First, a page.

All of our national elections are important, but there is always a special significance to the last midterm elections before the congressional and state-legislative redistricting processes take place. Democrats had a very unpleasant experience for much of the past decade after their thumping in 2010, the last midterm election before the current lines were drawn. For Democrats, it was the defeat that kept on defeating.
For the uninitiated, the decennial national Census is conducted in years ending with a zero, with states redrawing the congressional and state-legislative lines the following year. In all but a few states, it is a process conducted by the state legislatures themselves, with governors usually playing a direct or indirect role. So party control of state government is crucial everywhere save Arizona, California, and Iowa, the states with nonpartisan redistricting processes. Thirty-four states hold their governor races only in the midterm election cycle, and state legislative races are similarly loaded up in midterm years—this year, 82 percent of all state legislative seats will be on the ballot.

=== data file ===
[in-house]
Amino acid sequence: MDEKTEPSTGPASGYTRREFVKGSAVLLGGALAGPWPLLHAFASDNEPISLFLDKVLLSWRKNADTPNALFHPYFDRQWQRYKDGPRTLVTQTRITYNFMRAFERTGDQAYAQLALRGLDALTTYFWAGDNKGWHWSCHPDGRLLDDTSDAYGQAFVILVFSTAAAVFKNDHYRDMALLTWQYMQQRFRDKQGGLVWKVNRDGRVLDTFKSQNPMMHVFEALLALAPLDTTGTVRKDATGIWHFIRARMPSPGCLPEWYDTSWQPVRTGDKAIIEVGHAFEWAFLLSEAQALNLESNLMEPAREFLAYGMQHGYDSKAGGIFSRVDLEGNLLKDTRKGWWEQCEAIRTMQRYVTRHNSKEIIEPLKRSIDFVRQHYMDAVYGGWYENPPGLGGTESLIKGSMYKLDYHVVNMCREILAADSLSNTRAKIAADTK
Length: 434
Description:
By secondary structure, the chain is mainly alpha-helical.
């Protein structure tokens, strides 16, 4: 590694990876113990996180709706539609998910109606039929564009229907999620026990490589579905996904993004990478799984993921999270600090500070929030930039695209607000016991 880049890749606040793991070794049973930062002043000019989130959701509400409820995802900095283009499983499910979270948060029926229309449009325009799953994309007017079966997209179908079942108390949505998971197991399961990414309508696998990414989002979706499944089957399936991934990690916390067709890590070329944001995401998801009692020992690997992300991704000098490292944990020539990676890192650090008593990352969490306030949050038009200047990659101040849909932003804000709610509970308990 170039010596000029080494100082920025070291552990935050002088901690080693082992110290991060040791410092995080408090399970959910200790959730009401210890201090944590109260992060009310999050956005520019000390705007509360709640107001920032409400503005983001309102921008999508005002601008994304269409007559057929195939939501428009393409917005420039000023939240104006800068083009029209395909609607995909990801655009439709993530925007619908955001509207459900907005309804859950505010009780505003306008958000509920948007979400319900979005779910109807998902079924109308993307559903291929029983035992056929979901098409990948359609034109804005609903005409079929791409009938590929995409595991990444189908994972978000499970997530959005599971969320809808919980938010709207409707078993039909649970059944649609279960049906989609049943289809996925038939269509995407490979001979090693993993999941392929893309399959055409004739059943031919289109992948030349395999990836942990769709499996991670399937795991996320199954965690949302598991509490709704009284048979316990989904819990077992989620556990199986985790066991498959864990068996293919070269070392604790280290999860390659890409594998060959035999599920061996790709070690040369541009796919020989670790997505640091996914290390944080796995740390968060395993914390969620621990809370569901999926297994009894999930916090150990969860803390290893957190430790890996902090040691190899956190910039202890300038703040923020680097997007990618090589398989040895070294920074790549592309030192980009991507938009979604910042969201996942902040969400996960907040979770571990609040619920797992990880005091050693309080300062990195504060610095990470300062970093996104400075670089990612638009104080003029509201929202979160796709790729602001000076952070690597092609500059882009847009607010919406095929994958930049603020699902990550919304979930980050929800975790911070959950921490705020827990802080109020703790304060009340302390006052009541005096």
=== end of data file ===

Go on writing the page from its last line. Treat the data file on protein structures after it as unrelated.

Year - Exposure - Republicans - Governorships - Democrats
This year, the exposure is hardly symmetrical. Republicans have 26 governorships up, Democrats just nine (plus one independent); the GOP has 13 open governorships, Democrats just four; and Republicans have nine governorships that appear to be competitive, Democrats just four. The GOP has control of both legislative chambers in 25 states (plus Nebraska’s unicameral legislature), Democrats just seven, while 17 are divided. The GOP majorities in the U.S. House and Senate are also in doubt, so let’s just say that the Republican Party has a lot on the line this year.
Republican hopes these days rest on two things. First, their deficit on the generic congressional ballot seems to have declined from 13 points in late December to about 5 points now, according to the FiveThirtyEight average of polls. It’s plausible...
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